After Mr. Williams had his MRI, the record does not reflect any change to his treatment program. He visited the Melrose Park Clinic twice in January 2008 complaining of back pain and continued to take Vicodin and Ibuprofen as needed (R. 293-94). Also in January 2008, Mr. Williams's treating physician, Joseph Giacchino, wrote a letter to Mr. Williams's attorney giving the opinion that Mr. Williams was totally disabled and had no ability to perform any type of work (R. 185). The letter said that Mr. Williams's disability was permanent and also said that his "rehabilitation potential is fair" ( Id. ).

Mr. Williams underwent a consultative examination by Dilip Patel, M.D., a state agency physician, on March 24, 2008 (R. 284-87). Dr. Patel noted in his report that Mr. Williams was unable to walk heel-to-toe, squat, or get on or off the exam table (R. 287). He also had a positive "straight leg raise" test which meant he could not lift either leg up to a 45 degree angle without pain ( Id. ). Dr. Patel diagnosed Mr. Williams with lumbosacral disk disease and high blood pressure ( Id. ); he did not express any opinion on Mr. Williams's capacity to perform work-related activity.[6]

On April 29, 2008, Commission physician Virgilio Pilapil, M.D. reviewed Dr. Patel's report, as well as the x-ray and MRI reports, before completing a Residual Functional Capacity ("RFC") Assessment for Mr. Williams (R. 347-58). Dr. Pilapil opined that Mr. Williams could frequently lift ten pounds, occasionally lift 20 pounds, could stand and/or walk for at least two hours in an eight hour day, and could sit for about six hours per day (R. 348). He agreed with Dr. Patel's diagnosis of lumbosacral disc disease with radiculopathy (nerve damage) symptoms and high blood pressure (R. 354). The "comments" section of the RFC noted that Mr. Williams experienced a lot of pain when bending or stretching, that he required frequent rest periods and that either prolonged standing or sitting increased his symptoms ( Id. ).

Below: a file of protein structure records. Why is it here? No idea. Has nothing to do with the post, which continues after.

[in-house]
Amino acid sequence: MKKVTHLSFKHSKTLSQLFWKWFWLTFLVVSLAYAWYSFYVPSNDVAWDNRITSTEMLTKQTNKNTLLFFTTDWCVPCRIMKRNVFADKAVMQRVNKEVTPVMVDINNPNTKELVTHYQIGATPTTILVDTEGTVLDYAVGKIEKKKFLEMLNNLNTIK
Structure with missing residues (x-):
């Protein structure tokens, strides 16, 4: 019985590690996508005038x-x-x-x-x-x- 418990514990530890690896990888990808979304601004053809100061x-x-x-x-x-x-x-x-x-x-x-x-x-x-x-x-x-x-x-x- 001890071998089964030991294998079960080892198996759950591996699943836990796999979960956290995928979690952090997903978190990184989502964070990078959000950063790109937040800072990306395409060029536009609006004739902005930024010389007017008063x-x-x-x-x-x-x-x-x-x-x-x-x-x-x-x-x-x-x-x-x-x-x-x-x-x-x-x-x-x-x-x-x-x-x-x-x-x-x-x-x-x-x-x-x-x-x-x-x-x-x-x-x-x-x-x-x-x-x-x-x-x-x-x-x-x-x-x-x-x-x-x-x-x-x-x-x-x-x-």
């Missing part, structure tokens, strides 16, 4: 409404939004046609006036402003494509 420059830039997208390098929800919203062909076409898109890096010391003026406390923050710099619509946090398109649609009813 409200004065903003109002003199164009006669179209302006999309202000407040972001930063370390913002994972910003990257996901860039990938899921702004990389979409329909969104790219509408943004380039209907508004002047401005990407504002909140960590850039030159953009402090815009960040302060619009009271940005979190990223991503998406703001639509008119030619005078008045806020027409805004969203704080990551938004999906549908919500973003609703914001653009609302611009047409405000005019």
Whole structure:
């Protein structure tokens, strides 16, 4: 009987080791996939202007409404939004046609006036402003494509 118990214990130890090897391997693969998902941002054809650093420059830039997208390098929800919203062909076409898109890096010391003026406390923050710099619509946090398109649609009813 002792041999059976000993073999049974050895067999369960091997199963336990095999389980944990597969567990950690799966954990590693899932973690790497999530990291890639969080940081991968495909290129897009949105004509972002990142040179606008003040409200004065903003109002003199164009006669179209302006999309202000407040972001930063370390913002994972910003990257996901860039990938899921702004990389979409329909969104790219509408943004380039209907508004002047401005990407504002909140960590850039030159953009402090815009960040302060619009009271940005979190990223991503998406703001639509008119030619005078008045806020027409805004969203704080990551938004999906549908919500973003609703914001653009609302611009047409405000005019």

On September 12, 2008, Mr. Williams visited the Melrose Park Clinic to report increased back pain that was spreading to his right leg (R. 371). On November 5, 2008, Mr. Williams's treating physician from the Melrose Park Clinic, Dr. Giacchino, completed a "multiple impairment questionnaire" that diagnosed Mr. Williams with lumbar osteoarthritic disc disease with right leg weakness (R. 360). Dr. Giacchino opined that Mr. Williams could sit for three hours and stand or walk for two hours in an eight hour work day, and stated that Mr. Williams could not sit continuously but must get up and move around once every hour for 15 minutes (R. 362). He was also able to occasionally lift or carry up to ten pounds ( Id. ). Dr. Giacchino wrote that Mr. Williams had constant pain and that he would be absent from work more than three times per month because of it (R. 366).

Mr. Williams continued to visit Dr. Giacchino at the Melrose Park Clinic in 2008 and 2009 because of back pain (R. 371, 375, 377-78). In May 2009, he visited the clinic to report that his right knee "gives out on him' with pain that radiates down Rt lower extremity" (R. 377). In July 2009, Mr. Williams had another x-ray of his spine which showed mild degenerative spurring of the L5 but no other issues (R. 379). ...